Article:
• I imagine that at GBP3,000.00 (nearly), it must be very good indeed — but even so…

      I think either the Moth (GBP500.00, I think) or the new Pro-Ject RCM (GBP300.00, I think) still represent fantastic value for the collector. My Moth is fifteen years old (I realised with a shock the other day) and every record I have ever owned since that time has been cleaned using it: several thousand records. And it is still as good as the day I bought it.

      The are noisy, as LJC correctly points out, but in my view certainly not noisy enough to be relegated to the shed! I use mine typically when my wife is out or I move it into the kitchen to use… And I use headphones as ear protectors when I use it because the noise does make my tinnitus worse…

      I normally clean up to half-a-dozen records at a time, I suppose — rarely more. If one were cleaning very large batches — say 30, 40, 50 at a time — I can see that something quieter would be a great attraction.

      But these are small prices to pay for a simple, well-made machine that really does transform grubby records. Even clean records are improved.

  2. Not really to my taste but it sounds bloody good, even over the Mac, even from a rip, even though the RCM is in the shed, even though it’s raining… Damn, it’s funky. I feel a three-martini lunch coming on… Pass me that pack of unfiltered Pall Malls and get the **** out of my La-Z-Boy recliner.

  3. ‘Latona’ is easily the jewel on this album, and one of the best recordings he did. ‘Jakey’ and ‘One Step Ahead’ are also great, the other tracks however are not in their league. I notice AllMusic gives this one a perfect rating of 5-stars, so I’m out of step here, which is nothing new. His next album “Got A Good Thing Goin'” is my pick, continuing the groovy chick theme with an action shot of a go-go dancing scenester on the cover.

  4. what word did you use? for most sensible people, anything reasonable works, but there are so many people out there who police very slight word infractions over actual problems all day. gets no one anywhere.

    but the music… i like these organ albums, and i am fascinated by their ability to play bass with their feet and piano with their hands simultaneously. how do they do it?

    i will be in london in january. i plan to check out a few locations for record shopping. perhaps a glass of wine for you and beer for me is in order, maybe even at the same time and place?

  5. I’m not sure if my adjoining neighbour is of the boogaloo tendancy, but you are right, you have to push those cones a bit for things to sound “right”. I have a friend who likes drum ‘n’ bass, and he’s not happy until the plaster is coming down from the ceiling, but then his home is stand-alone.

    Let’s just say I appreciated Hutcherson’s contribution much more second time around.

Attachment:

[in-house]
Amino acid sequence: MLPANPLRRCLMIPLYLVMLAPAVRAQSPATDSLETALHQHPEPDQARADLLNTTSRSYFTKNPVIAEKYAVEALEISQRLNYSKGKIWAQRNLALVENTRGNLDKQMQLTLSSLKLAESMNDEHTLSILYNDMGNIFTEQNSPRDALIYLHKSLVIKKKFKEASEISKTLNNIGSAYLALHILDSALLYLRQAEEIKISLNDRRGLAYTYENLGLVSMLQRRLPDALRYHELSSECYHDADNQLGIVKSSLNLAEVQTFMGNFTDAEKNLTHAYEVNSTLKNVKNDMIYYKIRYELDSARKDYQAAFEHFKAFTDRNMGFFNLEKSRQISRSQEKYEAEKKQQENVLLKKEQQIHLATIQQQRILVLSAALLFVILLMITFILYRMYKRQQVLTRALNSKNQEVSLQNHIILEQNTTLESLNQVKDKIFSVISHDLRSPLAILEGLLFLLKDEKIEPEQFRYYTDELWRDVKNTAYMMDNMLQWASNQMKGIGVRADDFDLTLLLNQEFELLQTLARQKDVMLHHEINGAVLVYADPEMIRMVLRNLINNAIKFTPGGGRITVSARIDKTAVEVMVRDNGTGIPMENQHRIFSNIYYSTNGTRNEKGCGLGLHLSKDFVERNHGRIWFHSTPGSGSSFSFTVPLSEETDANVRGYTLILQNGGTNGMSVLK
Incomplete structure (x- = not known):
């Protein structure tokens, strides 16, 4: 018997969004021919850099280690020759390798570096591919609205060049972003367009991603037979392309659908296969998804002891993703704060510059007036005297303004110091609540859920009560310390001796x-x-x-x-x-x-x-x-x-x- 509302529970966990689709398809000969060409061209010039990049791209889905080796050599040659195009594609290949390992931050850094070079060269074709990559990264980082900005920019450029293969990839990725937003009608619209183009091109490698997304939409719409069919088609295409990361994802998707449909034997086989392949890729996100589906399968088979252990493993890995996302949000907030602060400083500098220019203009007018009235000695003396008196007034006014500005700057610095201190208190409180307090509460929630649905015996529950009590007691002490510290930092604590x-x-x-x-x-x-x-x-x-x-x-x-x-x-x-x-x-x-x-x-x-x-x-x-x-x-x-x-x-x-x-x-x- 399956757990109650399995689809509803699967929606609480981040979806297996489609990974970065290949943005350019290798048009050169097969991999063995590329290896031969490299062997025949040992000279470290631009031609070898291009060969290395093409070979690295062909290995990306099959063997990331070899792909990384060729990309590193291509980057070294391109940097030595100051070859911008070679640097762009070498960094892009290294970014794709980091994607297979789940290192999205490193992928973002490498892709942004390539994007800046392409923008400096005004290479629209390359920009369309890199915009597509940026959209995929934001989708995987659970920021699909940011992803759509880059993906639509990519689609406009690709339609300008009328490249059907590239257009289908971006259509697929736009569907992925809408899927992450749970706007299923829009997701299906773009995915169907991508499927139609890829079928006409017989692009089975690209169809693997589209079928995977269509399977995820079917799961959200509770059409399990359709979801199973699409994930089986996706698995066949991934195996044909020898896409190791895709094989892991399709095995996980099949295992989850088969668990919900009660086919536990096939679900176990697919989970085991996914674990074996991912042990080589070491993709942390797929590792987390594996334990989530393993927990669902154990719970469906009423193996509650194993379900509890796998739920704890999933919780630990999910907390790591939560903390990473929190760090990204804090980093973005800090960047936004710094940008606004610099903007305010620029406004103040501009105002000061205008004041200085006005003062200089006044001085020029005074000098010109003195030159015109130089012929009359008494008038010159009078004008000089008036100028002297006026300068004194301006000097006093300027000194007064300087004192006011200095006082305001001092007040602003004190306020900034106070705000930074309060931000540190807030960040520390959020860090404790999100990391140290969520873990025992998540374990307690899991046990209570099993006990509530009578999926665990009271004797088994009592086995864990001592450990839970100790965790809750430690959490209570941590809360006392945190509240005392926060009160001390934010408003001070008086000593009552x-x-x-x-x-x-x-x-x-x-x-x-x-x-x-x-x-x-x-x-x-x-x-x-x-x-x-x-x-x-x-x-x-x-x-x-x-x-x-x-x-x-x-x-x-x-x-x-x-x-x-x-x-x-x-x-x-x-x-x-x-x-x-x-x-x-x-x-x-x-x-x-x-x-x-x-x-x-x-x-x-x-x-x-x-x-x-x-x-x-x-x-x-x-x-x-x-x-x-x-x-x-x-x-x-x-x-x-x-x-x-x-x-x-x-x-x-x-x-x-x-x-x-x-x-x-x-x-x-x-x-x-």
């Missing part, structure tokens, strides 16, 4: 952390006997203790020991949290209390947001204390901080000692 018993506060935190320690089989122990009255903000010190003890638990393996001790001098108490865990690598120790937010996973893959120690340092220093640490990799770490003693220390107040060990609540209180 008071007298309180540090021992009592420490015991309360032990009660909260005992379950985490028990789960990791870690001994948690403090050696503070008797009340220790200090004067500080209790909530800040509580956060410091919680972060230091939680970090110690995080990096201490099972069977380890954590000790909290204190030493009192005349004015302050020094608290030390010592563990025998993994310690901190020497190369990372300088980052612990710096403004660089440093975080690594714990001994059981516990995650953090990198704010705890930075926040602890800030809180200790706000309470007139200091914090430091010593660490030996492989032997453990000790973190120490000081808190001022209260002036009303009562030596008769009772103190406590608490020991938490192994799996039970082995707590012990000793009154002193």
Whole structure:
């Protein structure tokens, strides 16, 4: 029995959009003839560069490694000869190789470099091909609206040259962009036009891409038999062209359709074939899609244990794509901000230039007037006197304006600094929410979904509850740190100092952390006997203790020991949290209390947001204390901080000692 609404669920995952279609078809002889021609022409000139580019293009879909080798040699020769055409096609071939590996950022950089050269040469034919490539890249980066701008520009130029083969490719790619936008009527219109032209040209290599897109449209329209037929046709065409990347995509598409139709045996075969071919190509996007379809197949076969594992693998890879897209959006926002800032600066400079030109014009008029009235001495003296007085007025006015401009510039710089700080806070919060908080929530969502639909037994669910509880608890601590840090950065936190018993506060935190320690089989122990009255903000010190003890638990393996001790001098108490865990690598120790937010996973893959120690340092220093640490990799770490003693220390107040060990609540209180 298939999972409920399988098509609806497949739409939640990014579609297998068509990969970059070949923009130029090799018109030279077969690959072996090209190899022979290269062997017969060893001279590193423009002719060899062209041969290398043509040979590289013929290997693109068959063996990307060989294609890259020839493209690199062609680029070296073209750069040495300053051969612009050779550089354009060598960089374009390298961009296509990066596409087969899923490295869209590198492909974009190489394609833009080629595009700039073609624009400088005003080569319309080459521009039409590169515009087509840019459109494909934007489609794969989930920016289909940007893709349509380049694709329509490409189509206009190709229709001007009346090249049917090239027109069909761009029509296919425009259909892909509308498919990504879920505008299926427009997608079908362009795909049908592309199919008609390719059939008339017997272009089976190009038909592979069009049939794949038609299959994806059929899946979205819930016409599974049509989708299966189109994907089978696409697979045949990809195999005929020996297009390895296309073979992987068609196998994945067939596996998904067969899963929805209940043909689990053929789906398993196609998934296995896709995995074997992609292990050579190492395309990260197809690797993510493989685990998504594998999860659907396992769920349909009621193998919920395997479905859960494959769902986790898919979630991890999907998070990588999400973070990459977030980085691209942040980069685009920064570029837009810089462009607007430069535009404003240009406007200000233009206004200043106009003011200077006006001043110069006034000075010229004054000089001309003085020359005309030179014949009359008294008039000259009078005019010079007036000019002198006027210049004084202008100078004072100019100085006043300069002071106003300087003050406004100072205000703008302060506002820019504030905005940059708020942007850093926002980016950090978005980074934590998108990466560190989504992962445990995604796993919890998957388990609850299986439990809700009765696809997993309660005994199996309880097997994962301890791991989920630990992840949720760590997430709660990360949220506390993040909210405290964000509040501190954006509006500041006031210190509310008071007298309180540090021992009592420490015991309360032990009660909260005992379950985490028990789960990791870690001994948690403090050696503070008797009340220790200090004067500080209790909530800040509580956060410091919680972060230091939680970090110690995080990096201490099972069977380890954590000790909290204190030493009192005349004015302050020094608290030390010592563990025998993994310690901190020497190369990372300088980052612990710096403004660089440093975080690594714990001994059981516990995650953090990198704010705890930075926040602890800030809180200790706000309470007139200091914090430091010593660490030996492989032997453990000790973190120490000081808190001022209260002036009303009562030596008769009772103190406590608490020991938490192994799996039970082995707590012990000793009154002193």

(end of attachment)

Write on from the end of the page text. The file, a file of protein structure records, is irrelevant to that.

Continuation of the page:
Thanks for the links, worth following up.

  6. I’m wondering if you enjoyed giving ‘Let ‘Em Roll’ a spin and would hazard a guess that you did. I wonder how it sounded on your system, I am of the view that the Hammond benefits from being played at volume- so if you want to use your Moth, just stick an organ set on your turntable to mask the annoying background noise of the disc cleaner. Your neighbours may even thank you.
    The version of Hank Mobley’s ‘The Turnaround’ is a most enjoyable boogaloo. When I first bought this set I was very disappointed by ‘The Shadow of Your Smile’ but I guess I can just about live with it.
    As a side track, the sleeve notes were penned by Phyl Garland, who was both the first black person and the first woman to hold tenure at Columbia University’s Graduate Journalism School. Her ‘The Sound of Soul’, an interesting book from 1969 is worth searching out and her obit can be found at:- She was undoubtedly a great woman who inspired many.

    • My copy of this album was Phyllis Garland’s personal copy — an “audition copy” stamped mono. Her records were auctioned off some years ago.

      • David, you must of bought the Let Em Roll from me. We bought her collection after she had passed away and it contained another “Rosetta Stone” Blue Note tidbit. She also had a Plastylite test pressing of “Blue John”, the unreleased John Patton session. There was some kind of groove distortion on the last track side 2 but I don’t know if it was there when she received it or if she played only that track over and over. I’ve played several of the unreleased titles and they played beautifully. Would love to know why after they were given a catalog number but never put into production.

        • I have a copy of Blue John on CD and I like it very much. Grant Green and George Braith play on it. Hot Sauce is also performed on George Braith ‘ s prestige 7474 ( which Green and Patton play on) but I like this version better. I agree, this one should have been released

        • I overdosed on Jimmy Smith and organ jazz a long, long time ago, and wanted nothing more to do with it — save for Let ‘Em Roll. I like the directness and relative simplicity of Patton’s playing. He and Green seriously barnstorm on a couple tracks, and the vibes take it somewhere else completely. I saw him play in the 90s at the Knitting Factory, in the basement for a dozen people. His wife was there — a most enthusiastic and loving woman.

        • Thanks for letting us know about Phyl Garland’s collection Woody. I expect that you had the pick of some amazing discs. Did it also include a copy of Blue Mitchell’s ‘Down With It!’, for which she also wrote the sleeve notes (along with Jackie McLean’s ‘Right Now!’ and Booker T and The MG’s ‘The Booker T Set’).
          I didn’t expect my comment to result in information about a test pressing of ‘Blue John’. I bet there were not many of them about (though I’ve owned the subsequent CD release since the mid 90’s).

          • I actually don’t remember keeping any record from her estate, it seemed as though a lot of titles were missing and condition overall was an issue. Being a “research” guy I really wanted to keep the test pressings for historical reasons but we had bid high and selling the better pieces was necessary.